Microsoft repositions as ‘the productivity and platform company for the mobile and cloud-first world’

Microsoft is looking to transform itself from the “devices and services” business it has been positioning the company as in previous months to “the productivity and platform company for the mobile-first and cloud-first world”.

Satya Nadella Microsoft CEO
Microsoft CEO Satya Nadella addressing staff at the company’s headquarters.

In a rallying email to staff, Satya Nadella, who became Microsoft’s chief executive in February this year, outlined the next stage of the company’s transformation under his leadership.

It is hoped the new approach will drive a turnaround in Microsoft’s fortunes, a company that has lost more than 35 per cent of its stock value since the year 2000, having failed to keep up with competition form the likes of Apple, Sony and Google.

Microsoft has been describing itself as a “devices and services” business ever since 2012 when former CEO Steve Ballmer announced the company’s overarching “One Microsoft” transformation strategy and a major restructure designed to ensure its products and services were marketed and designed in a more joined-up fashion. 

However, Nadella says that while the devices and services descriptor was useful in starting the company’s transformation one year ago, Microsoft now needs to “hone in” in on its “unique” strategy.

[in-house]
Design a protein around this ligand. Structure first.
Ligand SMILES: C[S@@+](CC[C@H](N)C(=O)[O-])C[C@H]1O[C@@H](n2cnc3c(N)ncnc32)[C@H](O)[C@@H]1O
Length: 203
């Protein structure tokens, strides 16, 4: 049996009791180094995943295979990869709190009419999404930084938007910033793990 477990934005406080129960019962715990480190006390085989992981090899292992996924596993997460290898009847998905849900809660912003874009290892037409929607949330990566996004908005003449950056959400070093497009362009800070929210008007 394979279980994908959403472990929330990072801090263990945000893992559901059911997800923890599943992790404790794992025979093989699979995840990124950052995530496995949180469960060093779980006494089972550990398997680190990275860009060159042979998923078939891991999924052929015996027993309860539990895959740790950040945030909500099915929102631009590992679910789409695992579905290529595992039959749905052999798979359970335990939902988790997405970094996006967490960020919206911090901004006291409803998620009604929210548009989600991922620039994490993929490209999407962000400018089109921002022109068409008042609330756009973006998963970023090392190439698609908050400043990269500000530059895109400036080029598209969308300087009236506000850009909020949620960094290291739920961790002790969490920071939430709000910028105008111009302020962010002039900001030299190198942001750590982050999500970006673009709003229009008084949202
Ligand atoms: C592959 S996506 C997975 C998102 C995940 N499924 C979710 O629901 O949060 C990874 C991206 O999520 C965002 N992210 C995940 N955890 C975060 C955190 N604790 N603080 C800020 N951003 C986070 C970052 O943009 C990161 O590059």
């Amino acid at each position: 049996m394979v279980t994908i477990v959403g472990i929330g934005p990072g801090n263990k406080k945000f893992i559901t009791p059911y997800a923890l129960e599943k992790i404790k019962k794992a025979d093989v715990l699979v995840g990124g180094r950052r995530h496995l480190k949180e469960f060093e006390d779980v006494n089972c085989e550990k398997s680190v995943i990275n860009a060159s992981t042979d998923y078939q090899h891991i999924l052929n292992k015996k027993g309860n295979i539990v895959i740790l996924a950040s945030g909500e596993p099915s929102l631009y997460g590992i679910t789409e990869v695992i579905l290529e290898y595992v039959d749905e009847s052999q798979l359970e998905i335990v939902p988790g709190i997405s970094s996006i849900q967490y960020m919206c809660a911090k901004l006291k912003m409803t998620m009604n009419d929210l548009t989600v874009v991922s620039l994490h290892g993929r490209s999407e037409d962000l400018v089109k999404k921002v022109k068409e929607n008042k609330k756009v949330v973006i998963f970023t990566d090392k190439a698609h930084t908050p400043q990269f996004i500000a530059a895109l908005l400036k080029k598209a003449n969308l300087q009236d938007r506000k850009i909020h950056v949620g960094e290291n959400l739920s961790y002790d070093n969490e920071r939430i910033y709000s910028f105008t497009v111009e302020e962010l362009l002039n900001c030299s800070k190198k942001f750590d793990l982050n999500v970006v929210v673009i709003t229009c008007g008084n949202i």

He adds: “At our core Microsoft is the productivity and platform company for the mobile-first and cloud-first world. We will reinvent productivity to empower every person and every organisation on the planet to do more and achieve more.”

Microsoft Core 2014
Picture: How Microsoft describes its core.

Going forward, Microsoft will consider every user as a “dual user” – people who use technology for work or school, but also in their personal life. Nadella says the company will also work harder to ensure Microsoft experiences become more connected to each other.

Using Microsoft’s Siri-like personal assistant app Cortana as an example of this approach, Nadella says: “Increasingly all experiences become more connected to each other. In the future, Cortana will be even more intelligent as a personal assistant who takes notes, books meetings and understands if my question about the weather is to determine my clothes for the day or is intended to start a complex task like booking a family vacation.”

As Nadella has previously outlined, Microsoft’s Cloud OS – in particular its Azure cloud platform – represents the company’s largest opportunity for growth. He also adds that Microsoft will look to make investments in Windows to ensure it becomes the “most secure, manageable and capable OS for the needs of a modern workforce and IT” and that the company will continue to innovate and grow its Xbox fan base, which it hopes will create additive business value. 

To prepare itself for transformation, Nadella says Microsoft’s culture must innovate too, which will include major engineering and organisational changes. Further details on those will be announced on 22 July when Microsoft reports its latest quarterly results.

He ends his email by saying: “With the courage to transform individually, we will collectively transform this company and seize the great opportunity ahead.”